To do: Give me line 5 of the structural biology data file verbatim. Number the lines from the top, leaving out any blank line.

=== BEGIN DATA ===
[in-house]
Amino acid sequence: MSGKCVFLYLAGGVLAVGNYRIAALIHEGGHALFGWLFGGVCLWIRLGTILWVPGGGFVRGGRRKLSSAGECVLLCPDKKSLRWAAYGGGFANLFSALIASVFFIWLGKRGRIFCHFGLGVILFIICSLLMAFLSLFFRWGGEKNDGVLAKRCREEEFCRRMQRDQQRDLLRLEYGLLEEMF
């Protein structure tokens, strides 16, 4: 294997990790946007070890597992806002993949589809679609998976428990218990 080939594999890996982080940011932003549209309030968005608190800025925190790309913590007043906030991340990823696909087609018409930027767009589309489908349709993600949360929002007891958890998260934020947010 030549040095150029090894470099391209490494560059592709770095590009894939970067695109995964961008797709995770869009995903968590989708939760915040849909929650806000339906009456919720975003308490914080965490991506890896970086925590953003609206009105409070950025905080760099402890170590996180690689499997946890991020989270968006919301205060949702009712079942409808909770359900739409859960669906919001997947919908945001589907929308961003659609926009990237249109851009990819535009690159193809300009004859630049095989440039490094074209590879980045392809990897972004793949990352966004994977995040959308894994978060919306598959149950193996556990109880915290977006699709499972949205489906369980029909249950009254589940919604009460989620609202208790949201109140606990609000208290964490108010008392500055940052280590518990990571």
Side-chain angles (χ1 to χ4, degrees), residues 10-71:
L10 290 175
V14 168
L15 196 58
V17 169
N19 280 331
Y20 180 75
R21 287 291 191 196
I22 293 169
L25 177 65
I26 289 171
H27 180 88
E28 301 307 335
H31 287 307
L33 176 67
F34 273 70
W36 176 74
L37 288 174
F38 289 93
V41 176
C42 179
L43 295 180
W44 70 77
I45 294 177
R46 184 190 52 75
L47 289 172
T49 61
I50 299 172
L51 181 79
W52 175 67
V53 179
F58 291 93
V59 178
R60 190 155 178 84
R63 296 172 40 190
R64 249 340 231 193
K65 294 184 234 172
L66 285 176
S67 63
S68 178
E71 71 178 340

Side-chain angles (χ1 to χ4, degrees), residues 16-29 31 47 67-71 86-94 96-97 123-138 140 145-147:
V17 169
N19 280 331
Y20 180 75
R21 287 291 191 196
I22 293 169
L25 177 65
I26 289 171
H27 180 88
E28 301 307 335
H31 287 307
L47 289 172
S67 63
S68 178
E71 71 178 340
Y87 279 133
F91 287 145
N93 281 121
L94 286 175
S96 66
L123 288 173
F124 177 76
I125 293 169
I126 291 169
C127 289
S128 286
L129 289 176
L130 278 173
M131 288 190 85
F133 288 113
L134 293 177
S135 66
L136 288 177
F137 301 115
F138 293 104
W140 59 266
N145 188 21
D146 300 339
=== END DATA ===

L10 290 175